Thurston Law Offices LLC


Phone: 856.335.LAW1 (5291)

Our official position on political candidates and appointees

The following is‘s official position on political candidates and appointees to positions, specifically any potential or affirmed appointee to the U.S. Department of Education, the United States Supreme Court, or to any lesser court in our land.

The U.S. Department of Education and, in particular, the Secretary of Education is, by law, the person designated to enforce federal special education laws. These laws include (among others): the Individuals with Disabilities Education Act (IDEA), Sec. 504 of the Rehabilitation Act, and the Americans with Disabilities Act (ADA) as they apply to schools that receive federal funding. The Supreme Court and lesser courts also interpret these laws and set legal precedent that may affect our client.

As lawyers, we are sworn to uphold the Constitution and the laws of the United States of America and the States within which we are licensed. It is in our oath of office. Obviously, we want to enforce those laws and provide zealous and competent representation of our clients within those laws. Interpretation of those laws by government officials and agencies is critical to our job as advocates.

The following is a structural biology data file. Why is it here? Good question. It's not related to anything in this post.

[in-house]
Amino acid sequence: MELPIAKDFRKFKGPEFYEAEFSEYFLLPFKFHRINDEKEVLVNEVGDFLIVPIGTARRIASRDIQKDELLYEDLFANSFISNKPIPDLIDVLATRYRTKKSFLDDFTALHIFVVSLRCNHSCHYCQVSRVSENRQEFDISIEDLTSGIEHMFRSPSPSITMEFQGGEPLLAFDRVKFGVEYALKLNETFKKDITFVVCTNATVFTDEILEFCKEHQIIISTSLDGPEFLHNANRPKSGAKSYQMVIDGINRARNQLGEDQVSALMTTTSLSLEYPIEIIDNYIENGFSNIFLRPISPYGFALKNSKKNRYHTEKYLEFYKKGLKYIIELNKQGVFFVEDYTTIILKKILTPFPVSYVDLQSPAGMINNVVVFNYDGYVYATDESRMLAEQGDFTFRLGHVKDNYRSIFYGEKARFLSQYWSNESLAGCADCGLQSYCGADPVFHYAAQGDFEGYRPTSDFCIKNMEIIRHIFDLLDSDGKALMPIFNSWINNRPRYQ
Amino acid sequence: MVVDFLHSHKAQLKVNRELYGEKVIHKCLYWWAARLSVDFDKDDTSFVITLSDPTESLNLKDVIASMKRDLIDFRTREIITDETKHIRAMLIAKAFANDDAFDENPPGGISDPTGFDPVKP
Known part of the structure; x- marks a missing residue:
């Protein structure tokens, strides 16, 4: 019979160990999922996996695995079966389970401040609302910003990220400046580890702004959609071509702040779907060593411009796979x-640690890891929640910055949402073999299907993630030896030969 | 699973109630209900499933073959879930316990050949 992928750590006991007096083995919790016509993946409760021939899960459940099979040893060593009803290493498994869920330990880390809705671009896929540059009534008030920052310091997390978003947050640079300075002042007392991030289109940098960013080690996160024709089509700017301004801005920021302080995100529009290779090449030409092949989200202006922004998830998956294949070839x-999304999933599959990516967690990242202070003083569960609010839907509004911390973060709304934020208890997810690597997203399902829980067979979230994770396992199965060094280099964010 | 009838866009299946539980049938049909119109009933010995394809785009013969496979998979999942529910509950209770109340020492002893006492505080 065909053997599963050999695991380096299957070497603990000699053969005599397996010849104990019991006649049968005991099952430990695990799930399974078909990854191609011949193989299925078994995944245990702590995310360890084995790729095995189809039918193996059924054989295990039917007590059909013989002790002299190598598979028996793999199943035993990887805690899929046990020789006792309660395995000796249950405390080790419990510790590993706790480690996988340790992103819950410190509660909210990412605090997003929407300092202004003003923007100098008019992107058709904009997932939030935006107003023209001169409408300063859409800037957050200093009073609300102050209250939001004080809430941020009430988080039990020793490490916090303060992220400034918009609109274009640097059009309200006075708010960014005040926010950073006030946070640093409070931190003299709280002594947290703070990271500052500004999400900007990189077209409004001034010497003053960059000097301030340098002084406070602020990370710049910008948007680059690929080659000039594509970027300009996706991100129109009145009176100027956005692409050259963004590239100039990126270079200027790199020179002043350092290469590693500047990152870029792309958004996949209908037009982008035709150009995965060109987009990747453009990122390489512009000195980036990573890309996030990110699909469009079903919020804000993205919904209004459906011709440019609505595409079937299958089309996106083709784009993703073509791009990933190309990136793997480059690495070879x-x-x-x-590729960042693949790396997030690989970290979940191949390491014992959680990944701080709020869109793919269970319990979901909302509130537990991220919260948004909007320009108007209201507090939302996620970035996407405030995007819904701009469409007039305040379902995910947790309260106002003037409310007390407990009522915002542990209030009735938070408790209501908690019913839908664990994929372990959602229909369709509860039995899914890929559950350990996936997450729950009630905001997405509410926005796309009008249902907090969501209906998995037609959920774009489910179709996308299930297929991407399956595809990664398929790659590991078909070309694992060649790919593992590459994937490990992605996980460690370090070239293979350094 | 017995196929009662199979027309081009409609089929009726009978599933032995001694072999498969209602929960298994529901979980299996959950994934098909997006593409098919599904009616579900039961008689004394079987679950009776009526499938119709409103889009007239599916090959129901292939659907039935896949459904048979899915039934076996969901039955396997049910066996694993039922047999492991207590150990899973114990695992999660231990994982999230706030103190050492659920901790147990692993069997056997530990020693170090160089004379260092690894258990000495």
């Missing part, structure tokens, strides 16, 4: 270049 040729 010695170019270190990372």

Thus, regardless of who is appointed to these positions, our firm must work with those individuals to try to shape policy favorable to our clients. In the case of (Thurston Law Offices LLC), that means students with disabilities and their parents primarily.

We will not take public positions for or against any political candidate or appointee for the reason that we ultimately may have to work with that individual, regardless of our personal opinions. As we all learn as children, ‘you catch more flies with honey than with vinegar’. It is difficult to negotiate with or persuade someone to a favorable policy if you have deteriorated or destroyed any working relationship with that person. Put simply, if you make someone dislike you, working with that person will be challenging to say the least.

Thus, acting in the best interests of our clients – past, current, and future – we choose not to take any stances that may harm our clients’ positions in any legal context. Thank you for respecting our position in this regard.

Don’t go to a heart surgeon for a broken arm . . .

If you fell and broke your arm, would you go to a heart surgeon?  Of course not.  You would go to an orthopedic doctor who could determine whether you need a cast, sling, surgery, etc.